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A book by Benjamin Page and Lawrence Jacobs suggests Americans are ready for Class Warfare after all.
By Sam Pizzigati
Book: Benjamin Page and Lawrence Jacobs, Class War? What Americans Really Think about Economic Inequality. University of Chicago Press, 2009. 142 pp.
Why do lawmakers today so rarely dare to take any action that the super rich might find objectionable? Do politicians see public anger over Wall Street bonuses as just a short-term phenomenon sure to fade away? Do they fear that the public, down the road, will punish any pol who tries to trim America’s rich down to a more democratic size?
Or are lawmakers, with their reluctance to take on the rich, simply bending before the powerful political winds that wealthy special interests so relentlessly blow?
The cynics among us will naturally choose the latter option. They’ll find plenty of support in Class War?, a just-published analysis of American public opinion from two political scientists at the top of their game, Northwestern’s Benjamin Page and Lawrence Jacobs from the University of Minnesota.
Page and Jacobs have crunched the data from 70 years of public opinion polling on wealth and opportunity in America – and added into the mix results from an in-depth 2007 national poll conducted on their behalf by researchers at the University of Connecticut.
Their basic finding? The conventional wisdom on American inequality — that most Americans don’t particularly care about wide gaps in income and wealth because most Americans admire the rich and want to become rich themselves — simply does not hold water.
Page and Jacobs have previously documented this point in various academic settings. With this slim new jargon-free book, they’re taking their message to a wider audience — and making their case with precision and simplicity.
“Ordinary Americans are not ignorant of the extreme inequality of income and wealth in the United States,” the two note in Class War? “They are not indifferent to the enormous, widening gaps between the super-rich and everyone else. They do not reject government action to deal with those gaps.”
Page and Jacobs readily acknowledge the data that demonstrate the “conservative” values that run through the American body politic. But these values, they argue, also encompass a commitment to equality. Indeed, the two suggest, we ought to consider most Americans “conservative egalitarians.”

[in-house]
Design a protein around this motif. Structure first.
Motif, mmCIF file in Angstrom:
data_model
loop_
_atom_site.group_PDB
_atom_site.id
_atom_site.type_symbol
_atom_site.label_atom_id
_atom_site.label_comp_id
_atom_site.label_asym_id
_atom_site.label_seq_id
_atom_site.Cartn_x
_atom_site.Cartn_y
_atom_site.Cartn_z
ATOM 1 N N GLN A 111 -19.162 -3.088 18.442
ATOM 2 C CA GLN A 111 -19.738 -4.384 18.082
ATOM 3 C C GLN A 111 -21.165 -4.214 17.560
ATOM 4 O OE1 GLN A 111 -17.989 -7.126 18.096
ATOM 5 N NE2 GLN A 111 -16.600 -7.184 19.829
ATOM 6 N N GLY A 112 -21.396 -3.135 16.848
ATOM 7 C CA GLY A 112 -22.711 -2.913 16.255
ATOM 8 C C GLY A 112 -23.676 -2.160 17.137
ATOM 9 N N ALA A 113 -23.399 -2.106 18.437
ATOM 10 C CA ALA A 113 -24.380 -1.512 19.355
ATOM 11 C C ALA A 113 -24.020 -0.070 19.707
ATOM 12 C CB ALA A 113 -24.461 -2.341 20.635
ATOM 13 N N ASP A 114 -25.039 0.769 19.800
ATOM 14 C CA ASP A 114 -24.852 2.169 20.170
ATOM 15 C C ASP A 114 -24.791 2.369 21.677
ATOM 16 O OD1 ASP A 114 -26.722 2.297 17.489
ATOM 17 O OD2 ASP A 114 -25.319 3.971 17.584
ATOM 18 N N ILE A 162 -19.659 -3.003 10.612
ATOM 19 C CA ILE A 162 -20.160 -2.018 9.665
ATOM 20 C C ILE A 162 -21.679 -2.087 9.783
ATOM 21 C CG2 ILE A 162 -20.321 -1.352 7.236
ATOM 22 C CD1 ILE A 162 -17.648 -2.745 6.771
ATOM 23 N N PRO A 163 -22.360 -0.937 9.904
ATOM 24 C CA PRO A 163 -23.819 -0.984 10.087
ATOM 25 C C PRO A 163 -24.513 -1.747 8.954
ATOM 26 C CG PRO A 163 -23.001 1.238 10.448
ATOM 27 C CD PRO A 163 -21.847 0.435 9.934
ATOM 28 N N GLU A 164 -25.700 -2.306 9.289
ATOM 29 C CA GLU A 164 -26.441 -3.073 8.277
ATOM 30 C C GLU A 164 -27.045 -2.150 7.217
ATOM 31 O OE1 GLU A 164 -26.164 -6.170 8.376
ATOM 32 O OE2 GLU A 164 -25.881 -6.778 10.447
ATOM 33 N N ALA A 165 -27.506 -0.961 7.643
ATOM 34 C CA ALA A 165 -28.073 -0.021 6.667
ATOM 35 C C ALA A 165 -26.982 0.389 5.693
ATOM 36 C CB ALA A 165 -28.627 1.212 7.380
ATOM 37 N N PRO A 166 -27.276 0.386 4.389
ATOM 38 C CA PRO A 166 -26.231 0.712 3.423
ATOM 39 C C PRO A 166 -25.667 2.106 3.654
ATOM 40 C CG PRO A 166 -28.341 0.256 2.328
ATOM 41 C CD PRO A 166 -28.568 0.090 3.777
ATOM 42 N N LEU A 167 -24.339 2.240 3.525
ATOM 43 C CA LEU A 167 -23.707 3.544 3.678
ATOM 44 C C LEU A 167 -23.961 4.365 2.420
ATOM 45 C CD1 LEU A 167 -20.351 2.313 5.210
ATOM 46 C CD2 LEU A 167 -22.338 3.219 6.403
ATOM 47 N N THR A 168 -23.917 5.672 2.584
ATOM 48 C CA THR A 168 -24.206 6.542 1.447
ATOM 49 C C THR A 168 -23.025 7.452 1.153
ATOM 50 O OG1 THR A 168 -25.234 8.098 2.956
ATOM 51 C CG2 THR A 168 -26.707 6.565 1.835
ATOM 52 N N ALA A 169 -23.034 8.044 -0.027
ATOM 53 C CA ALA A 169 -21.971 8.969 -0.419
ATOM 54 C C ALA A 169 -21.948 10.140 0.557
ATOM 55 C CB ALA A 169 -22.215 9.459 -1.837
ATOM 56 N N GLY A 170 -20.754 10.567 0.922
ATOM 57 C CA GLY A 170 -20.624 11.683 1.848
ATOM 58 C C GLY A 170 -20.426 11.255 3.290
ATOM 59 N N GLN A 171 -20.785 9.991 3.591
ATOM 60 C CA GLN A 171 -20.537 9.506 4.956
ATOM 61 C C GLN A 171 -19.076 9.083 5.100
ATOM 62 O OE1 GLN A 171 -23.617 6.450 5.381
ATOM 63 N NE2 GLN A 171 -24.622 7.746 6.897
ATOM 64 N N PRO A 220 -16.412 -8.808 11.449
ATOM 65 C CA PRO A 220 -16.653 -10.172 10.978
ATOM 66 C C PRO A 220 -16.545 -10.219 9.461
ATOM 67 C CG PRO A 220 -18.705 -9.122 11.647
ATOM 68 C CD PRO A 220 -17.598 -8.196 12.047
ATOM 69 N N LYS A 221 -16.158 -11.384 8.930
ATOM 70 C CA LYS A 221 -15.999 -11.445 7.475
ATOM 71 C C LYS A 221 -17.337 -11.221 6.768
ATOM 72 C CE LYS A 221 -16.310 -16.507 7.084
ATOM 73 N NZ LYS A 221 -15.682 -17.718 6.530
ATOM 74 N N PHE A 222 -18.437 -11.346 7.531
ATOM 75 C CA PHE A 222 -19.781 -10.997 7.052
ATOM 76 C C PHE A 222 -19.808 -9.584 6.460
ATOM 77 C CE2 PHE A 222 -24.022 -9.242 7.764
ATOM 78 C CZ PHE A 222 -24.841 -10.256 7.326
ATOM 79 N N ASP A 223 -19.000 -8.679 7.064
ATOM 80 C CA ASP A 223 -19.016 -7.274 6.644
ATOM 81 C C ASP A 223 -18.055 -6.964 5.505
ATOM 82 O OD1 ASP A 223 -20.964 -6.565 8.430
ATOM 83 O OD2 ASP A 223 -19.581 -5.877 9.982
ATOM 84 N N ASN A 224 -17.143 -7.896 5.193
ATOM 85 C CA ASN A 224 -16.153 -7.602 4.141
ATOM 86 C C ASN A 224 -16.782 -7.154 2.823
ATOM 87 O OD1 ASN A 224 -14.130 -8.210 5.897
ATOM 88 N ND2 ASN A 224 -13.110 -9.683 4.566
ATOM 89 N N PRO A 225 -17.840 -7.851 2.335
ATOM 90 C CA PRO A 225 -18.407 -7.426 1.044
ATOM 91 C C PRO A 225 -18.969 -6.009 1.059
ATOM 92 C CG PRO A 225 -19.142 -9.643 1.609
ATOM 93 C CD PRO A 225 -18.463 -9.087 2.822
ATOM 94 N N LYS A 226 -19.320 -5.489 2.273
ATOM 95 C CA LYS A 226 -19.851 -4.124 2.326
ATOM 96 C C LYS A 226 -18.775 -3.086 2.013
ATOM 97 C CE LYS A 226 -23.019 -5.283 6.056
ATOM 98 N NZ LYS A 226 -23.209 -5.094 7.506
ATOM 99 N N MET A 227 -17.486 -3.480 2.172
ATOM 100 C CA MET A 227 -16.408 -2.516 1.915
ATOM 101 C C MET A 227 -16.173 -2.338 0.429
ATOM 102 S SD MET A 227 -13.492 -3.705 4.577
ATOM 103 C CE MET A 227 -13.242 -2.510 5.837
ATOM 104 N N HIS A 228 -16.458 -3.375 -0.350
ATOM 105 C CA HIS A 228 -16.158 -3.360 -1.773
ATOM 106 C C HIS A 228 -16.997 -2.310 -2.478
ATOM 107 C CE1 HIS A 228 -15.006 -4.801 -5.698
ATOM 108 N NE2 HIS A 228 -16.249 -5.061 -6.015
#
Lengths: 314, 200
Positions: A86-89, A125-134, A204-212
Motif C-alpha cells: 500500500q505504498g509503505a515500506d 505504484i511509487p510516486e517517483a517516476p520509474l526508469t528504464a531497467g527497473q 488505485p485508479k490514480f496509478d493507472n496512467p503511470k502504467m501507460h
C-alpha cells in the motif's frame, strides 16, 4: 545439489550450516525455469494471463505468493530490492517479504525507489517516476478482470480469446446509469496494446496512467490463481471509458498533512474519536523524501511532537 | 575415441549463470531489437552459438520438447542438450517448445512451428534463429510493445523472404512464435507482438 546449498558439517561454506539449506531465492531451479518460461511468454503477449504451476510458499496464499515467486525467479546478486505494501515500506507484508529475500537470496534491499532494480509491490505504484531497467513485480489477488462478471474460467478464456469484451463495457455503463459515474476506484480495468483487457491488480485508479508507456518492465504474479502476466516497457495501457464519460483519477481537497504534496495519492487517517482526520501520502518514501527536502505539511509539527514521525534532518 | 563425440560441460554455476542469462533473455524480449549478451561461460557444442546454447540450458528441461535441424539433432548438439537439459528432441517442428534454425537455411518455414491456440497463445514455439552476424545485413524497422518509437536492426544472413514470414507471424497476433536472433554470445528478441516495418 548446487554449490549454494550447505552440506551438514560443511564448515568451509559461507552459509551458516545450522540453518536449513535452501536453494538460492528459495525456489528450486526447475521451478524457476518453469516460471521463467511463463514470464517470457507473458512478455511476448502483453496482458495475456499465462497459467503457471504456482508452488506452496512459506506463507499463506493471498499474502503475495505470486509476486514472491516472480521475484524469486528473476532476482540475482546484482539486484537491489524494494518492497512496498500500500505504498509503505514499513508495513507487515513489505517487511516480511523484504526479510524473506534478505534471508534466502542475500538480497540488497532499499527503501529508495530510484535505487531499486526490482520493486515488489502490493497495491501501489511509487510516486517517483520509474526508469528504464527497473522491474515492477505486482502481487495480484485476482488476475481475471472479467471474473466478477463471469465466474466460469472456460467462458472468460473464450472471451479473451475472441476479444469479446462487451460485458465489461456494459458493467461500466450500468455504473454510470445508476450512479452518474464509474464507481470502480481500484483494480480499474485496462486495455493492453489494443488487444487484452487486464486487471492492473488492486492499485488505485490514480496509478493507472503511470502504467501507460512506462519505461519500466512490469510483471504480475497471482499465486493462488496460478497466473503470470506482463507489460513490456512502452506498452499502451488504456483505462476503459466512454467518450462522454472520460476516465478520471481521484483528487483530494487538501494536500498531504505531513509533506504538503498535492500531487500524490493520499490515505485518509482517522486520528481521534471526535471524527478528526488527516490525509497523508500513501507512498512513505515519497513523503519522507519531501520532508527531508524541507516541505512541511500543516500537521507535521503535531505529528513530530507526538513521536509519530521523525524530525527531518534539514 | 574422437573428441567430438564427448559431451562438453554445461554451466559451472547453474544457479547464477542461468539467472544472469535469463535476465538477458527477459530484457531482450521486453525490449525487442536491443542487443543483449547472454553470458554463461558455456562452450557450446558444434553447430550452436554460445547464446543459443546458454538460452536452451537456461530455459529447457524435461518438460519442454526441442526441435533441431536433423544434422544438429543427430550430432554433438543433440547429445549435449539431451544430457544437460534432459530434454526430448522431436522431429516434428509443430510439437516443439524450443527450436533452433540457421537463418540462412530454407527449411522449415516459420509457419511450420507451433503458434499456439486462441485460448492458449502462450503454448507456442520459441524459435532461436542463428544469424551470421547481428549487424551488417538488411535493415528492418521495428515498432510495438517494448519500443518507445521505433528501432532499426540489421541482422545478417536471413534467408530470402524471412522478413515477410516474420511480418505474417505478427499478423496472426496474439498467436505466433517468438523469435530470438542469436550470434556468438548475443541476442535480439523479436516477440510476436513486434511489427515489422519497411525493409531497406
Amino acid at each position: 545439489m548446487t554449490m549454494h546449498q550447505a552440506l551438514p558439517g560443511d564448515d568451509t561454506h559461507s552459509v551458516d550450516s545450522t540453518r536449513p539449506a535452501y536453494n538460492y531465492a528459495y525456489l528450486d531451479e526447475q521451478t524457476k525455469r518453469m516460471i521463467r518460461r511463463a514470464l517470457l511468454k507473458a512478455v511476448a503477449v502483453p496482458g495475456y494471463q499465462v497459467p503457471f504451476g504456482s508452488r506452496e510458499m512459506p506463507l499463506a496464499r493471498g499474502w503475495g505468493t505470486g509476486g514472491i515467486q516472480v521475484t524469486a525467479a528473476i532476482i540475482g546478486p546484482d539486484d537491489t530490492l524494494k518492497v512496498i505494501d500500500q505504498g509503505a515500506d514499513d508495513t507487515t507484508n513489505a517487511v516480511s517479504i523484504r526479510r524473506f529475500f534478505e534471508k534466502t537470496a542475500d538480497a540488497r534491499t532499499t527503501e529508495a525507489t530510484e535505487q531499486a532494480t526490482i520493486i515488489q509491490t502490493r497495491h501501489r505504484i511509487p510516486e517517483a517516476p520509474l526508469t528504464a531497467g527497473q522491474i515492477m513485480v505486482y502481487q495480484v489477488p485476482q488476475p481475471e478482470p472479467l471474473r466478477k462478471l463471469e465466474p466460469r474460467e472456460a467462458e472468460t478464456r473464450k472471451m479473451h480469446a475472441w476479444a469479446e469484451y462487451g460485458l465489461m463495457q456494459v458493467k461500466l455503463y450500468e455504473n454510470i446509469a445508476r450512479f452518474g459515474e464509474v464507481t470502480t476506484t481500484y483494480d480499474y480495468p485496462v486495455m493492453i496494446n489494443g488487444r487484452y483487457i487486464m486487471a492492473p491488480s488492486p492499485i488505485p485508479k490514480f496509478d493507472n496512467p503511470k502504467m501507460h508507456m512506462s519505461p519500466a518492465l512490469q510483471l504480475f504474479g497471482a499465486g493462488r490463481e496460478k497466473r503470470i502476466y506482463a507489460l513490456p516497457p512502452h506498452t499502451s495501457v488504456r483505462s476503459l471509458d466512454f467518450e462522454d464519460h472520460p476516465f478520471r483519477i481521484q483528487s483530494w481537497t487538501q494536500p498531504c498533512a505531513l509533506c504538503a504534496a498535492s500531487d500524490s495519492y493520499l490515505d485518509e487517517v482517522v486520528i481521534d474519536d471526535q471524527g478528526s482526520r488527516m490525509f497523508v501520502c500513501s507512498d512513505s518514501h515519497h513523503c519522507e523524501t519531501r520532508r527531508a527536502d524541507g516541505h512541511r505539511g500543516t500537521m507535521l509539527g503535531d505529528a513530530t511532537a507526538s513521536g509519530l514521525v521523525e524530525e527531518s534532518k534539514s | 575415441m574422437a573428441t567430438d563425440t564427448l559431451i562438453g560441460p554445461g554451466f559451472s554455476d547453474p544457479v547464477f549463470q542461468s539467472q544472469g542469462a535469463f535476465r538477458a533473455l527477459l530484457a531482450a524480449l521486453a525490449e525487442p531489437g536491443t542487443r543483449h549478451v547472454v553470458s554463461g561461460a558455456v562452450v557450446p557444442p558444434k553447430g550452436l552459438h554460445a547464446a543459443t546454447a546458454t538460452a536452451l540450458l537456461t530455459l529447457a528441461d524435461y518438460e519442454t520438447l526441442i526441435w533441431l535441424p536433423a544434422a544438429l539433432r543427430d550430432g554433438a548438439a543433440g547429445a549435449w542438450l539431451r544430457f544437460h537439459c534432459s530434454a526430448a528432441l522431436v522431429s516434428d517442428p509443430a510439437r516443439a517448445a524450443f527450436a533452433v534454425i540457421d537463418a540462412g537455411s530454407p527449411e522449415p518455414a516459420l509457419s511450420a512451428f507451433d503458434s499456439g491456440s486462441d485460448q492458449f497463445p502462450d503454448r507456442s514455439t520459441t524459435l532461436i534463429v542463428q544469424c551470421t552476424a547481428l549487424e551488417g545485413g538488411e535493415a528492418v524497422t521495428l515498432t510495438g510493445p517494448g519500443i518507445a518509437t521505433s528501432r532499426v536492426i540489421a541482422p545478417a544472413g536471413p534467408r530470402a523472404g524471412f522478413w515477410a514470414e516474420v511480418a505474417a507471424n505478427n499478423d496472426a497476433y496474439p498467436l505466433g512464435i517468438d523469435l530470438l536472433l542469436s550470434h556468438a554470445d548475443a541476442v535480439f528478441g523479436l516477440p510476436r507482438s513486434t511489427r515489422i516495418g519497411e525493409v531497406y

“Americans both embrace the American Dream,” they posit, “and recoil from the extreme, growing gap between the rich and everyone else.”
In fact, the two scholars add, “the hope and expectation of living the American Dream is actually leading majorities of Americans of diverse backgrounds to oppose extreme inequality, as unfairly curtailing opportunity to all and stacking the deck in favor of the rich and their offspring.”
Page and Jacobs emphasize, at every opportunity, the diversity of public support for a less unequal United States. A solid 56 percent of Americans, they point out, believe “the government should redistribute wealth by heavy taxes on the rich,” and this majority goes far beyond the usual blue-state suspects.
“Most upper-income Americans and most rank-and-file Republicans,” Class War? relates, “favor redistribution to narrow the cavernous gaps between the rich and everyone else.”
Contemporary American politics does not, in any significant way, reflect this public opinion reality. But what else should we expect? We live in a deeply unequal society where wealth and power have both concentrated at the top.
This wealth and power will remain in place, there at the top, until challenged from below. Class War? just may give a good many more Americans the confidence to do that challenging.
Sam Pizzigati is editor of Too Much.
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